NASCAR fans would like to avoid an NFL Draft-type disaster

Ed Marinaro, NFL Draft (Photo by David Becker/Getty Images)
Ed Marinaro, NFL Draft (Photo by David Becker/Getty Images) /

If a command to start engines ever ends up like pick number 42 of this year’s NFL Draft, NASCAR is going to be in big trouble.

The NFL Draft is rather simple. Once a team makes their selection, and the appropriate behind-the-scenes processes are followed in terms of communicating that selection to all necessary parties, that selection is announced to the public (after it is leaked on Twitter, of course).

For most picks outside of the first round, the selections are announced by special guests invited specifically for the purpose of making the announcements.

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The Minnesota Vikings controlled the 42nd overall pick of this year’s NFL Draft, the 10th pick of the second round, and they invited former running back Ed Marinaro to announce their selection on Friday night in Las Vegas, Nevada.

It did not go as anyone expected — the announcement, not necessarily the pick.

Marinaro spent more than two minutes talking about subjects that had absolutely nothing to do with the team’s selection, specifically stories about his own background. Eventually, a producer came onto the stage and pointed at the selection card he was holding in his right hand, urging him to keep things moving.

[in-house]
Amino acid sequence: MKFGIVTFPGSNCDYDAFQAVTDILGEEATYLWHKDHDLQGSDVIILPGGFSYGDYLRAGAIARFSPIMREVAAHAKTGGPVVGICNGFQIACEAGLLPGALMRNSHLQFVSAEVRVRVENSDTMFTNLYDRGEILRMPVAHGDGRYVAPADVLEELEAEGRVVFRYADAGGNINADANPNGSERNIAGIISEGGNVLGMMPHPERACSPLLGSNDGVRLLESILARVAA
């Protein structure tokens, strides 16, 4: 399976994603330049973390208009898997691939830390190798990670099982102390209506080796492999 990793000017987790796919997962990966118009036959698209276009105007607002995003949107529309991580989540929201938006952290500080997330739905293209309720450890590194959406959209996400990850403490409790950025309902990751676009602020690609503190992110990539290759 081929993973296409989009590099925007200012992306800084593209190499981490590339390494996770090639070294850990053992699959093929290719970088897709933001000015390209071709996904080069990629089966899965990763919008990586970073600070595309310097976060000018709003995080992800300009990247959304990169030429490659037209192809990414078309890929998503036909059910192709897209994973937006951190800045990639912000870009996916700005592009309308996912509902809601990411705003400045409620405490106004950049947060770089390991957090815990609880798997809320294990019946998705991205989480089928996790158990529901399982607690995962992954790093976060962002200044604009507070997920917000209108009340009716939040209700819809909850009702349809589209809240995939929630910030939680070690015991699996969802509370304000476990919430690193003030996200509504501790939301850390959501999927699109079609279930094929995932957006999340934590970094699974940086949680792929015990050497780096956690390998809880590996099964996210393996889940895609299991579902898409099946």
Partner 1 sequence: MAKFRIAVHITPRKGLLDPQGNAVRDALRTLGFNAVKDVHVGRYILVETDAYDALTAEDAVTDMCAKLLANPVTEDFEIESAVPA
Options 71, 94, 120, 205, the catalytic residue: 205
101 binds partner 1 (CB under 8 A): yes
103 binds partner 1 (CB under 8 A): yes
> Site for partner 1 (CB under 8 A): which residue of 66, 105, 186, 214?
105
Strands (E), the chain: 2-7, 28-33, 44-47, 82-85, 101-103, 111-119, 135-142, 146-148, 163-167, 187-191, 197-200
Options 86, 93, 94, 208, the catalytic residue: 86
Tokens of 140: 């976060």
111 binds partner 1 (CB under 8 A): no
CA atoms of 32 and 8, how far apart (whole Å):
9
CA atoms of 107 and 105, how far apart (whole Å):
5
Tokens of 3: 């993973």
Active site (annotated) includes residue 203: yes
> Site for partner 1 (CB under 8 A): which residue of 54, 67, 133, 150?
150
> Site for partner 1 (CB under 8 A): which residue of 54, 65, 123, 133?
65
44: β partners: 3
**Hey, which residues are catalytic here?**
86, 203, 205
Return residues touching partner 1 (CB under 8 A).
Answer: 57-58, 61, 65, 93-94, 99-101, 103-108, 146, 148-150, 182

He jokingly shouted “No!” before concluding the longest draft pick announcement of all-time and welcoming former Clemson Tigers cornerback Andrew Booth Jr. to Minneapolis.

At the end of the day, the idea of welcoming special guests to make announcements for the NFL Draft somewhat resembles what NASCAR and IndyCar do for the “drivers, start your engines!” command given before each race.

Generally speaking, everyone follows the protocol, with some saying a few (mind you, not a few hundred) words before delivering the most famous words in motorsports.

But can you imagine what would happen if someone took three minutes to give the command? It would certainly be more than enough to get fans talking, but it wouldn’t necessarily be a positive experience keeping everyone, specifically the drivers and teams, waiting.

And, like Marinaro, they likely wouldn’t be invited back.

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Fortunately, one would think that this isn’t something fans will ever have to worry about, as surely the designated “let’s get this thing moving” person would make a much earlier trip to the stage than the aforementioned producer from Friday night.